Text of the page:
B32, Vet School
I graduated from the University Of Nottingham with a BSc in genetics in 2014. During my degree I completed a project which involved attempting to determine the DNA sequence of the DUX4 gene encoding the activation domain of the transcription factor. We hoped that this would increase our understanding of translocations involving DUX4 in the development and progression of soft tissue sarcomas. However, I have always been interested in veterinary medicine and so have taken the opportunity to pursue a PhD in this field.
PhD, due for completion in 2018
School Research Theme:
Animal Infection and Immunity
Molecular interactions between hypertrophic growth and innate immune resistance of skeletal muscle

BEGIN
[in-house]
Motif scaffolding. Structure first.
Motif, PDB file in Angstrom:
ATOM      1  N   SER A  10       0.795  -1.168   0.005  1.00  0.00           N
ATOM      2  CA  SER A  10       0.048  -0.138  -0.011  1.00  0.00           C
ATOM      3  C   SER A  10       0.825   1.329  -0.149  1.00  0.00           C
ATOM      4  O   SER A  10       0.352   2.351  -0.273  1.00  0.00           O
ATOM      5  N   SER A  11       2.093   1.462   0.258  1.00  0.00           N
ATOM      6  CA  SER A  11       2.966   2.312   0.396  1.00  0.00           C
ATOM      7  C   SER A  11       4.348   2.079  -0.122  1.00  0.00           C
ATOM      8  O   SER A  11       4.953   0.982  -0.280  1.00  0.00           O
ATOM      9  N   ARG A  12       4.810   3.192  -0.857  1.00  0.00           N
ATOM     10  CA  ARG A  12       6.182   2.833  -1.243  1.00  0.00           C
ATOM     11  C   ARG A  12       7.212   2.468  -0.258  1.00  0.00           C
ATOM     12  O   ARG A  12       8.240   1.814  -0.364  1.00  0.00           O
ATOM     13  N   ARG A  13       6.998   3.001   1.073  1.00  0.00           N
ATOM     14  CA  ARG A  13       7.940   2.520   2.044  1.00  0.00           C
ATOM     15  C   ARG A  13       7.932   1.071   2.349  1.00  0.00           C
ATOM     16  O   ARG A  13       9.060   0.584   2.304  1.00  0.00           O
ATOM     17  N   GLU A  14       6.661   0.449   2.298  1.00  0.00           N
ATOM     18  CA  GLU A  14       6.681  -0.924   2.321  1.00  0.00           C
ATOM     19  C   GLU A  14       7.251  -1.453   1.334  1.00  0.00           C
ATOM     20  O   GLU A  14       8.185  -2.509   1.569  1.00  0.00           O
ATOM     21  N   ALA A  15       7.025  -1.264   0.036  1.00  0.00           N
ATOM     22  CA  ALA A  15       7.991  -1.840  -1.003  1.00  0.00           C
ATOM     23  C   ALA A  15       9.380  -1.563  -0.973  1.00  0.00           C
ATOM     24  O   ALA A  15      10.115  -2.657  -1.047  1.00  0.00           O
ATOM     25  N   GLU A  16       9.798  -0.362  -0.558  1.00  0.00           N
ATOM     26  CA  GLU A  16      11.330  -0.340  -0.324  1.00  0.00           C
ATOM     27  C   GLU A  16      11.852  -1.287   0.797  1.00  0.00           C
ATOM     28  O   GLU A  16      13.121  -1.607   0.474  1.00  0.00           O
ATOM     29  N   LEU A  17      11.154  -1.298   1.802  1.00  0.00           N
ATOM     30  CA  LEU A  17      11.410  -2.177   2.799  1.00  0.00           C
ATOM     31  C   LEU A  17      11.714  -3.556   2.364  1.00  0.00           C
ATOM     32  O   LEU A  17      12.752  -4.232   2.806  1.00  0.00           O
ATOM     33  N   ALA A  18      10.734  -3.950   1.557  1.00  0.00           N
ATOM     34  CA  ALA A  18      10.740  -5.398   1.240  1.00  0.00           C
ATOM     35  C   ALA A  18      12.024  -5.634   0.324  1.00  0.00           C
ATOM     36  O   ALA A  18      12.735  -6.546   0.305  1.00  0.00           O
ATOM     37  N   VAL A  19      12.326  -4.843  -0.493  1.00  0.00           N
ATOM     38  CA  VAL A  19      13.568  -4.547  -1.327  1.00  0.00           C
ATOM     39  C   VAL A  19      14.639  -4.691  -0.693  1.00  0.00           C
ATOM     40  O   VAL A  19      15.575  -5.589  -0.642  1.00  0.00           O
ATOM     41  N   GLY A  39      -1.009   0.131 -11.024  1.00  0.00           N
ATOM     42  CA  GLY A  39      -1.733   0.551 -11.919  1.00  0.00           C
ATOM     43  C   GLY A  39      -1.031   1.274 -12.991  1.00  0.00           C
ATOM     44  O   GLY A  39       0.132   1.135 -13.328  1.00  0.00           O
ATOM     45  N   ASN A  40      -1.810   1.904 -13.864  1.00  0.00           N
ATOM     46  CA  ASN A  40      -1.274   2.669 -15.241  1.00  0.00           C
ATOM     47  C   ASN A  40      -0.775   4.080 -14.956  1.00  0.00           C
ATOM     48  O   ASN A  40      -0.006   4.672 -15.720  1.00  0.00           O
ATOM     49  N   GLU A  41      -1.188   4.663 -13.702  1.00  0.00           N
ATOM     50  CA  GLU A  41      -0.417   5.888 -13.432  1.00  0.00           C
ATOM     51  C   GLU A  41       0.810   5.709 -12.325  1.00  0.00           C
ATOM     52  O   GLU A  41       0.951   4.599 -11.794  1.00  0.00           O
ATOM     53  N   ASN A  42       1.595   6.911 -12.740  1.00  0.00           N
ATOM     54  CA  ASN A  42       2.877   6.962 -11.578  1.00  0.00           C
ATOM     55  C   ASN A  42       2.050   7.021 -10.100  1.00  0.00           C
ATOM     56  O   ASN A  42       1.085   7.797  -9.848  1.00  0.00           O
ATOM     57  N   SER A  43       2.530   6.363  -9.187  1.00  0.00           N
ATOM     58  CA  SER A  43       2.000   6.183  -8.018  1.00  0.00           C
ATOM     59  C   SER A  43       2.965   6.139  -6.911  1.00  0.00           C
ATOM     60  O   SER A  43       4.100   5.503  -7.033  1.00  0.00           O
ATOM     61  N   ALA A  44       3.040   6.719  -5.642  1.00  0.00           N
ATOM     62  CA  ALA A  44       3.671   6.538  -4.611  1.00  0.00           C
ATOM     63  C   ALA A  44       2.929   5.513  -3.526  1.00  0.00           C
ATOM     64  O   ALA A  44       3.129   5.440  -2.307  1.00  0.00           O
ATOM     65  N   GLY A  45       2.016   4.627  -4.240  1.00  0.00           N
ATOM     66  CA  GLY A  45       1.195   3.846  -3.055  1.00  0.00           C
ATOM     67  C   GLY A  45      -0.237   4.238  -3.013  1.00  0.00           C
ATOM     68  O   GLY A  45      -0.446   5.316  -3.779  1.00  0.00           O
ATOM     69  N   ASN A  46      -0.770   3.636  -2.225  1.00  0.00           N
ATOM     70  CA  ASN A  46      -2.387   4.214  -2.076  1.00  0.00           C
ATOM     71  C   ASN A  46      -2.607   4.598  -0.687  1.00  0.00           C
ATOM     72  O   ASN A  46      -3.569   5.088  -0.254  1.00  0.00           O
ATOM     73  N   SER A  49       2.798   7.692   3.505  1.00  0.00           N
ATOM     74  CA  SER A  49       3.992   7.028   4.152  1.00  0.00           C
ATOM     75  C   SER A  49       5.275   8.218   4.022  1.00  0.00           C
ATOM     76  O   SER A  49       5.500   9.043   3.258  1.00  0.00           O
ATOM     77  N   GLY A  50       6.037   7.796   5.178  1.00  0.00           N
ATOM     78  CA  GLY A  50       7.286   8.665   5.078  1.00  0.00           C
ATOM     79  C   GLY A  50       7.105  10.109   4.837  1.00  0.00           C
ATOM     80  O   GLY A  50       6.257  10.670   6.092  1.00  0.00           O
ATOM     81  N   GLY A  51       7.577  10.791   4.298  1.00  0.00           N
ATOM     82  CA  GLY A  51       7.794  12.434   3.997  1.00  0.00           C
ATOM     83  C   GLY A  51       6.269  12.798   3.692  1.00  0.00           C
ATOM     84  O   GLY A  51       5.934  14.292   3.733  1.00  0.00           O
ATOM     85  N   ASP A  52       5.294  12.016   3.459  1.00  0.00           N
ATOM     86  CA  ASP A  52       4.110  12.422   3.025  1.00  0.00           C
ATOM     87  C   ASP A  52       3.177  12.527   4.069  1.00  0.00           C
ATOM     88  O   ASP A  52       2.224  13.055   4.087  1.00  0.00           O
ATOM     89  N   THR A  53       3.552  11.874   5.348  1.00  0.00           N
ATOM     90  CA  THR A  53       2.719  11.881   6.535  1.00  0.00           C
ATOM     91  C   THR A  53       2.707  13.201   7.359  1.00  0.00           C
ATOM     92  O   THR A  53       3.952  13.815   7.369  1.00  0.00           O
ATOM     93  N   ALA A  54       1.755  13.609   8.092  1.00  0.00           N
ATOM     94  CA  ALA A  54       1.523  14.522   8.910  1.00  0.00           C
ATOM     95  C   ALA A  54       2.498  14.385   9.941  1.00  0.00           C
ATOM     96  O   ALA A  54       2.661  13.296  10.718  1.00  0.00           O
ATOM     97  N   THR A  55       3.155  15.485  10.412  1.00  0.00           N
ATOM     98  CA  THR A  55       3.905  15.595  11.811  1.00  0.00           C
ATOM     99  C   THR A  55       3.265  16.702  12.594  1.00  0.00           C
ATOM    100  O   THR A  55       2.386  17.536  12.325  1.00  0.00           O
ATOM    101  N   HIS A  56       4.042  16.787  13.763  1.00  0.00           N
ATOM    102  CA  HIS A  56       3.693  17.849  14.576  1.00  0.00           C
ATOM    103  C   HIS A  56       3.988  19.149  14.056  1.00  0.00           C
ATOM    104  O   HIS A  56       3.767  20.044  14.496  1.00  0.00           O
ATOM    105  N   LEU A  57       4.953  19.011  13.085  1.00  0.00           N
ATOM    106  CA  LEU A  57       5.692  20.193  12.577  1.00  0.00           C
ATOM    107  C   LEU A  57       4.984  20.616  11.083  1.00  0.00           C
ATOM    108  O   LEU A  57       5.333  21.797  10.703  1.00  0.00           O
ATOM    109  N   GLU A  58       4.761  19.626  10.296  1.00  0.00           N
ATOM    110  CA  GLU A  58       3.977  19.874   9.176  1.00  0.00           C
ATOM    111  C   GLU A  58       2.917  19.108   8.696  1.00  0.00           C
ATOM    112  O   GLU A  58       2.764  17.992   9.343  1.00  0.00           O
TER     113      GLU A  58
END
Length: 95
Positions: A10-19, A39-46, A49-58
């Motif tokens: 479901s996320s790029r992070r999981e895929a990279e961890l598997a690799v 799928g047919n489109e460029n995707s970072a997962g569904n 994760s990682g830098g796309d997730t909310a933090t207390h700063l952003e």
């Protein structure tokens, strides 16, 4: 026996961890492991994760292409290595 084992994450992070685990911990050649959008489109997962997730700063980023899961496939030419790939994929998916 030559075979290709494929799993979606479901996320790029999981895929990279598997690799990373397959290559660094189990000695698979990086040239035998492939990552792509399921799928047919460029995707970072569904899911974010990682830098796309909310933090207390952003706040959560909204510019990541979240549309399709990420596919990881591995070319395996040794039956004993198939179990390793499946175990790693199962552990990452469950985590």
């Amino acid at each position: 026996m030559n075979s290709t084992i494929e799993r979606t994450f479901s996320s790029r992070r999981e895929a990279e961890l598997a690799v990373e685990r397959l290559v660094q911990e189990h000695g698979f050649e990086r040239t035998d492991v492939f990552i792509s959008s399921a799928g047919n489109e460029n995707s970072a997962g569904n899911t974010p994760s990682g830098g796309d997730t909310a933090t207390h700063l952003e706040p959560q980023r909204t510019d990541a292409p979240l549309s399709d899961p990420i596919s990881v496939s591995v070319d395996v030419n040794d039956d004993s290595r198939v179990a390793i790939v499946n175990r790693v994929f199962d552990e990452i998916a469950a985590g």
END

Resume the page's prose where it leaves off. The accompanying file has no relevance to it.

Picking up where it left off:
Summary of Research:
Skeletal muscle comprises about 50% of body mass and so the contribution of skeletal muscle in regard to host immunity is of great interest. This research aims to analyse the interactions between the components of key growth signalling pathways and the innate immune system in skeletal muscle and so determine whether the promotion of enhanced muscle growth functionally affects cellular innate immunity.
Professor Kin-Chow Chang
Primary Funding Source:
The University of Nottingham, Zoetis